Science China Earth Sciences

, Volume 62, Issue 2, pp 403–411 | Cite as

The first ground tooth artifact in Upper Palaeolithic China

  • Yue ZhangEmail author
  • Shuangquan Zhang
  • Xing Gao
  • Fuyou Chen
Research Paper


Scholars have long recognized the importance of organic artifacts to an improved understanding of the economic and social behavior of Palaeolithic hominins. However, in contrast to archaeological studies in other parts of the world, osseous industries from China have received only limited attention. As one of the first steps aiming at tipping this balance, the current paper examines, therefore, a shaped boar tusk—one particular element of hunter-gatherers’ tool kit at Shuidonggou Locality 12 (SDG12). Morphological and metrical comparisons of the tusk with both paleontological specimens and bone artifacts from the same site demonstrate that wear pattern on one of the dentin surfaces of the tooth is not significant different from occlusal attritions in living animals, while linear striations on the other dentin facet are most probably artificial grinding marks formed by prehistoric toolmakers in attempts to manufacture a scraper. The tusk specimen from SDG12 represents the first evidence of a ground tooth in Upper Palaeolithic China. The current study indicates that hominins in Shuidonggou area had achieved a deepened understanding of physical properties of osseous material available in environs and ultimately broadened their range of raw material selection by adding a particular element to the inventory of subsistence tools.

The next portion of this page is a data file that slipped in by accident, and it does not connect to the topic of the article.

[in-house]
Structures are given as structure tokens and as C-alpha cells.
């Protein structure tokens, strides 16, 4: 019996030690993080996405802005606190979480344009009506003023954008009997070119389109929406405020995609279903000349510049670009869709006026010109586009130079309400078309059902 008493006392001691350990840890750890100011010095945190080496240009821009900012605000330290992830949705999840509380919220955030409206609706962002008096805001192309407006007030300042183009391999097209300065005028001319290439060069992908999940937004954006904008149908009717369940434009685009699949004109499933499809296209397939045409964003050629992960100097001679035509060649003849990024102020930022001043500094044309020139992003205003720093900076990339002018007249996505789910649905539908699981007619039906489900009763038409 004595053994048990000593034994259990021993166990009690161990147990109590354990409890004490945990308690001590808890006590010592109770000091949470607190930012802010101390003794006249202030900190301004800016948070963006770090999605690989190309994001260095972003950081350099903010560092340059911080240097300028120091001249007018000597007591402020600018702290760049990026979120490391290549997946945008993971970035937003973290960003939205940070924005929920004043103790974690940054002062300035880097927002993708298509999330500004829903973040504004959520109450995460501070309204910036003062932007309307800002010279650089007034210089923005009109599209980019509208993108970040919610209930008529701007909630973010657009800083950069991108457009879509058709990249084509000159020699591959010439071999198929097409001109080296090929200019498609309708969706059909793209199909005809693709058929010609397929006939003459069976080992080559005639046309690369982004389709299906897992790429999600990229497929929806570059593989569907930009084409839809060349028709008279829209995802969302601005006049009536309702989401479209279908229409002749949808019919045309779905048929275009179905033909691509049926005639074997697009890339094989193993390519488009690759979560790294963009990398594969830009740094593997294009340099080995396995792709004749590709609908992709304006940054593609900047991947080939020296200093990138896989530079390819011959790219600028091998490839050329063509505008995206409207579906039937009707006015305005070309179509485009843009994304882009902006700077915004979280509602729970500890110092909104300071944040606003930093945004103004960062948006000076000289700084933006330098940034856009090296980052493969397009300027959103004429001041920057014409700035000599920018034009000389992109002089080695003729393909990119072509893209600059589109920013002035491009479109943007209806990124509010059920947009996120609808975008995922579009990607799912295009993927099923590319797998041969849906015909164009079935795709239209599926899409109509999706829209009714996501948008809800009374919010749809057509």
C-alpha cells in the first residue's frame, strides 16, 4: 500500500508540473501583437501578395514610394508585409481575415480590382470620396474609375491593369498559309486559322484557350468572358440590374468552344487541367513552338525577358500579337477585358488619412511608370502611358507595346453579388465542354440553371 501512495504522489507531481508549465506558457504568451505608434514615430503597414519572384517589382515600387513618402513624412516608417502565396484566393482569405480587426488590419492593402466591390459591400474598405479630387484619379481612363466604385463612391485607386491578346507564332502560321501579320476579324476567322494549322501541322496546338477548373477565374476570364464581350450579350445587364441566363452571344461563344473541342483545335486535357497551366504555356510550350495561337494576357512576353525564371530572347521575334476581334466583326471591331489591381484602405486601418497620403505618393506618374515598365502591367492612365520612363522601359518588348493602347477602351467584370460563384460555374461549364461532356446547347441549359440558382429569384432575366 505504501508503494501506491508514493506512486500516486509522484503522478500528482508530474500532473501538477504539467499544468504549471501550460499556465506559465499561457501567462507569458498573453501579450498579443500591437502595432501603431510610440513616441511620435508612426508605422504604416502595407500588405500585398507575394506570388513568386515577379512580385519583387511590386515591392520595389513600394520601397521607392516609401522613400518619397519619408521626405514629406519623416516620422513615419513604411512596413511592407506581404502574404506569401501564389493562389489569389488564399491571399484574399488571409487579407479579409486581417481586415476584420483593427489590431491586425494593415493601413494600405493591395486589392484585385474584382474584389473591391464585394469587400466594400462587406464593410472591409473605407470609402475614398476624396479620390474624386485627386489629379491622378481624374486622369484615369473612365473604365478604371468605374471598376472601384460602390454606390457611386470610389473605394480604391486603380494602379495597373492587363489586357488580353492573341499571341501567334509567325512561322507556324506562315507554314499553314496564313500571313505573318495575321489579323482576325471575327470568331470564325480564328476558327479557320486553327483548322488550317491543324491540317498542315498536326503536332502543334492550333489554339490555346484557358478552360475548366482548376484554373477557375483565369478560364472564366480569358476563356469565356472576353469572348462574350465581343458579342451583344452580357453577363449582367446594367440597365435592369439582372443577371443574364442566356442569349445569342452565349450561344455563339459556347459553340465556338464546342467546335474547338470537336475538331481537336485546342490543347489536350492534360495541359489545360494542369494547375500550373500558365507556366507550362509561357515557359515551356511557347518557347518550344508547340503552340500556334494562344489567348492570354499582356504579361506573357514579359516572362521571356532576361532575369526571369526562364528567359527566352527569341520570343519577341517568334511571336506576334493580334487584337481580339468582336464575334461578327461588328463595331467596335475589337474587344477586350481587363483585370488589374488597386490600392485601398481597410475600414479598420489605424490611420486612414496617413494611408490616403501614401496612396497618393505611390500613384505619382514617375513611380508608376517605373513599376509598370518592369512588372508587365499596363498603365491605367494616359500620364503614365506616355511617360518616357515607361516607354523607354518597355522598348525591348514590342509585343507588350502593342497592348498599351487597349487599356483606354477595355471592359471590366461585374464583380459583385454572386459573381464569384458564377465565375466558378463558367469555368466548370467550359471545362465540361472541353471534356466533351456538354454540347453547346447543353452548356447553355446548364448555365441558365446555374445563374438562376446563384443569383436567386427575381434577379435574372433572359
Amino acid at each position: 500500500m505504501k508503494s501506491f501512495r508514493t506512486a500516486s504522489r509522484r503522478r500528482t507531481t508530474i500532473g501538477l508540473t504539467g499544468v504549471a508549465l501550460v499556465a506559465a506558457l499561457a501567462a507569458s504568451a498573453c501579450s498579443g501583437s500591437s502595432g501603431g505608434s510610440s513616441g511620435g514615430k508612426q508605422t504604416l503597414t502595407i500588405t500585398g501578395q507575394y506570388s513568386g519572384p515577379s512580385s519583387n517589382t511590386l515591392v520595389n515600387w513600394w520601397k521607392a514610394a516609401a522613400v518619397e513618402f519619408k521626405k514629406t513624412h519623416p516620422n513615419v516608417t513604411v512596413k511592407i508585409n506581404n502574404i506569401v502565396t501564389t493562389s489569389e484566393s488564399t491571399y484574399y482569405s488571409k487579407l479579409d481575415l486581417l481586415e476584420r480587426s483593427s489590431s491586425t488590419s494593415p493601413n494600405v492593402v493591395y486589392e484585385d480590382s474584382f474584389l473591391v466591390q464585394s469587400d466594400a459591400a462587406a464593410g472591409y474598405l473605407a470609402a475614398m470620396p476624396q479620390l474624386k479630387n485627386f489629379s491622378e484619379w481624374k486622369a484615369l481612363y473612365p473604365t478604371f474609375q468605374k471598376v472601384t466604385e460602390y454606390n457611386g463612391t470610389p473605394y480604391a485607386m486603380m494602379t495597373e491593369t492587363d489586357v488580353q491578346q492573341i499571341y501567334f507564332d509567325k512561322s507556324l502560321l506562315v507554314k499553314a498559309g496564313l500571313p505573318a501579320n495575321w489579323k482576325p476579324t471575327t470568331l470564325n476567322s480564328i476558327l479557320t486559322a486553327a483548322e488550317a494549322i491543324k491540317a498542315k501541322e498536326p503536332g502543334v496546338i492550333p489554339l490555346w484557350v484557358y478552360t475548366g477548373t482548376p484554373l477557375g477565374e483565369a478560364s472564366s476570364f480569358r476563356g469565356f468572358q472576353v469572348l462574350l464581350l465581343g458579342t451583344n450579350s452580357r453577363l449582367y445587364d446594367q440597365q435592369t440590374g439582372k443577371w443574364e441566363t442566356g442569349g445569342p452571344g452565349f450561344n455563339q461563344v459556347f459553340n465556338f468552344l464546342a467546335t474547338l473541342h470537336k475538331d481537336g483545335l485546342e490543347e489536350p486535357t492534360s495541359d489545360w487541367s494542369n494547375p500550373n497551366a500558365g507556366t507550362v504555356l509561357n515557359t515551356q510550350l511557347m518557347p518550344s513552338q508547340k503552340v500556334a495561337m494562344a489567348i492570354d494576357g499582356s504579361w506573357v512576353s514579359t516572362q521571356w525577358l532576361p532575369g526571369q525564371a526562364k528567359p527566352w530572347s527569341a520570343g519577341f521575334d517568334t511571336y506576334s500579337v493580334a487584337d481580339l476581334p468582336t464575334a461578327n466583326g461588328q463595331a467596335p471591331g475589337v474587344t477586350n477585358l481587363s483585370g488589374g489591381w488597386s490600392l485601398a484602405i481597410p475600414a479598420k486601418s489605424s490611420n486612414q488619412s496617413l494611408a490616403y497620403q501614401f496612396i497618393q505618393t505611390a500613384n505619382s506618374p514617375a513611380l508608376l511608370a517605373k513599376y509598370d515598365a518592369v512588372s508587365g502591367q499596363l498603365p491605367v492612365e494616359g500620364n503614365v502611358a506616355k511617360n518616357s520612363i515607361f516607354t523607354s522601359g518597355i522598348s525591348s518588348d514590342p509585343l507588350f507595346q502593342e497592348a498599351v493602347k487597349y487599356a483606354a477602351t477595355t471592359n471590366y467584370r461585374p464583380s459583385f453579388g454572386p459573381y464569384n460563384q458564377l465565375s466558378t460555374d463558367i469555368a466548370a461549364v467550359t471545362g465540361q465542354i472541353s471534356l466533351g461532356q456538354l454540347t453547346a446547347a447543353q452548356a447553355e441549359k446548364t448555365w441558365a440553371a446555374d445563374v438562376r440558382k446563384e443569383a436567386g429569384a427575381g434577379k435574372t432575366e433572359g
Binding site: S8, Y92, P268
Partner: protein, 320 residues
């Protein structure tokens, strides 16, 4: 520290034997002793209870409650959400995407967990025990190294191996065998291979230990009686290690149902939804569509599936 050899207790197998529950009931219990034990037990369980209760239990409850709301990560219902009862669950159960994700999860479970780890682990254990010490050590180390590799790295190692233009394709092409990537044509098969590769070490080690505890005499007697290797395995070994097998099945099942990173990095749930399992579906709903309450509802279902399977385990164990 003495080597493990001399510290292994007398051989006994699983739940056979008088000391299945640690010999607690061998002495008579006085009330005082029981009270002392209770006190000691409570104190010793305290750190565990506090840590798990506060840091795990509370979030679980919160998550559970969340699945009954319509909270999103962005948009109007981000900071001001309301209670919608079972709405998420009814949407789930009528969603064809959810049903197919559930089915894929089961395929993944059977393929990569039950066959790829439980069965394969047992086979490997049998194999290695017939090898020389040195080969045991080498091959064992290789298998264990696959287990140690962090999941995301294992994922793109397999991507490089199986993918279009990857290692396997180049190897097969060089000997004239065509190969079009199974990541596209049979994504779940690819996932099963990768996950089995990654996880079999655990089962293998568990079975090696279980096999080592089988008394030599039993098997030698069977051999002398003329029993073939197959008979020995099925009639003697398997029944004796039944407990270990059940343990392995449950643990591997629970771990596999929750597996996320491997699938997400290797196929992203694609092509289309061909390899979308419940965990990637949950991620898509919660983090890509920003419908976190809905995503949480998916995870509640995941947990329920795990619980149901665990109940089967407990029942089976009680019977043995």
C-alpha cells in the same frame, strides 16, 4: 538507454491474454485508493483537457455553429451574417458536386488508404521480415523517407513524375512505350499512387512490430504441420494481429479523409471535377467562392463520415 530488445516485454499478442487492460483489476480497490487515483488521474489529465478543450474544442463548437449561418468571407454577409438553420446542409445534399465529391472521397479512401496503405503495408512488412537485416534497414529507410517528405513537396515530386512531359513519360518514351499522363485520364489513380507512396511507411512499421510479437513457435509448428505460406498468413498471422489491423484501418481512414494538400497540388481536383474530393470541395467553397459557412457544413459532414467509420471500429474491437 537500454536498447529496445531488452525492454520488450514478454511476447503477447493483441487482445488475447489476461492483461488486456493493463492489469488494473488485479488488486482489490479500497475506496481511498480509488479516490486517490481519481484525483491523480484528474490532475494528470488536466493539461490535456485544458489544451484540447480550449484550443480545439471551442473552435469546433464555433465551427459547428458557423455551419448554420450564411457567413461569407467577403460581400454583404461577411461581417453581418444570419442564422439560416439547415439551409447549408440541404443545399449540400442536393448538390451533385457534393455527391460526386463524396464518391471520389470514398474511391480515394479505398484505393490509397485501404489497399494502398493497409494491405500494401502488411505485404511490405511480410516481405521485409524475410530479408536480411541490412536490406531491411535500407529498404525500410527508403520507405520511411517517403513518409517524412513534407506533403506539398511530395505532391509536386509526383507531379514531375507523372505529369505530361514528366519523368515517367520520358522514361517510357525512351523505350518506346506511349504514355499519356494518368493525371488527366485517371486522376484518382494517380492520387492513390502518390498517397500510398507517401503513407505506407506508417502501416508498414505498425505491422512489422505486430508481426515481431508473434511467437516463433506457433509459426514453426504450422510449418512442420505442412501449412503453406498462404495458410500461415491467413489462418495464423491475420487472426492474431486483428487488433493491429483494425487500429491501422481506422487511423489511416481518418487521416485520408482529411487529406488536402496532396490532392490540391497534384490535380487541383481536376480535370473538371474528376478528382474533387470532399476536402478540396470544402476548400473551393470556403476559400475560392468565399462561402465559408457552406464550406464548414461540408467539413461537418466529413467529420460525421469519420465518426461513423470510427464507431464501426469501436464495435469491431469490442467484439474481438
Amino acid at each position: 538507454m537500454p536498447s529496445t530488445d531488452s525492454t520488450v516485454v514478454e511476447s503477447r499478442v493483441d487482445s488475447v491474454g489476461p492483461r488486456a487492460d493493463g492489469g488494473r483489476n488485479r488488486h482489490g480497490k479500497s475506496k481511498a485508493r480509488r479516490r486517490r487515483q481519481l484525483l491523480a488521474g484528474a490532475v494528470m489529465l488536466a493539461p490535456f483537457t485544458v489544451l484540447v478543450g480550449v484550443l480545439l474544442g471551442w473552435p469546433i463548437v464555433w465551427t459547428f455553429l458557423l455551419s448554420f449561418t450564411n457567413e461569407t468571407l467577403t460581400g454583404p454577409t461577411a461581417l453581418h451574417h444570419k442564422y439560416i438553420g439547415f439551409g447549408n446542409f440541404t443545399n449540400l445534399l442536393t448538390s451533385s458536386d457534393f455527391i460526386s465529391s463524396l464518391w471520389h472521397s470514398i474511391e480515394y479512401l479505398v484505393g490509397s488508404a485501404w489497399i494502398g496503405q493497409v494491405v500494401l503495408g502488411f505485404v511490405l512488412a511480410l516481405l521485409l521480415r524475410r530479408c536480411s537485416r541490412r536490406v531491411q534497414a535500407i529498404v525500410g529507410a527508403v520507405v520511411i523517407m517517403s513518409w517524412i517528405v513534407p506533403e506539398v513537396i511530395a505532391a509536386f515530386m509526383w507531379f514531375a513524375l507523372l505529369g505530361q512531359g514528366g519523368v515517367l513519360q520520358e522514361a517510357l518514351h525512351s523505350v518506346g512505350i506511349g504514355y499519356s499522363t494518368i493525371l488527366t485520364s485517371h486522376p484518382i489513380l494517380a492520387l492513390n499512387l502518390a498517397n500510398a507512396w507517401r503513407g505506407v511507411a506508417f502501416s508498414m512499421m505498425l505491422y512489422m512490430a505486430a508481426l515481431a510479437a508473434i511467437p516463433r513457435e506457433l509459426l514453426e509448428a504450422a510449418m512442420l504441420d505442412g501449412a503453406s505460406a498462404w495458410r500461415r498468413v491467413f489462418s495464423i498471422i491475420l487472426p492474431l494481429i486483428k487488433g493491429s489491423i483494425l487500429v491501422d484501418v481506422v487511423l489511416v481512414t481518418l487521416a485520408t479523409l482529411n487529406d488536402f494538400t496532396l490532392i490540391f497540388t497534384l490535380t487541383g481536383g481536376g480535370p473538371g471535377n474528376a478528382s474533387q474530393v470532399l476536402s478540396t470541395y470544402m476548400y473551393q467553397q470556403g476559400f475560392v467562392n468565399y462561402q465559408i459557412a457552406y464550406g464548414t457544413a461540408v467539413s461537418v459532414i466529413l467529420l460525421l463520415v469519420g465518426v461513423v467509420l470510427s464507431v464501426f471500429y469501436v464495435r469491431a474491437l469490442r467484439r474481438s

Upper Palaeolithic Osseous artifacts Boar tusk Grinding Splitting Shuidonggou 


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We thank the anonymous reviewers for their constructive suggestions. This work was supported by the National Natural Science Foundation of China (Grant No. 41772025), the Strategic Priority Research Program of Chinese Academy of Sciences (Grant No. XDB26000000) and the Sino-French Cai Yuanpei Program (Grant No. 36707NF).


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Copyright information

© Science China Press and Springer-Verlag GmbH Germany, part of Springer Nature 2018

Authors and Affiliations

  • Yue Zhang
    • 1
    • 2
    Email author
  • Shuangquan Zhang
    • 1
    • 2
    • 3
  • Xing Gao
    • 1
    • 2
    • 3
  • Fuyou Chen
    • 1
    • 2
  1. 1.Key Laboratory of Vertebrate Evolution and Human Origins, Institute of Vertebrate Paleontology and PaleoanthropologyChinese Academy of SciencesBeijingChina
  2. 2.CAS Center for Excellence in Life and PaleoenvironmentBeijingChina
  3. 3.University of Chinese Academy of SciencesBeijingChina

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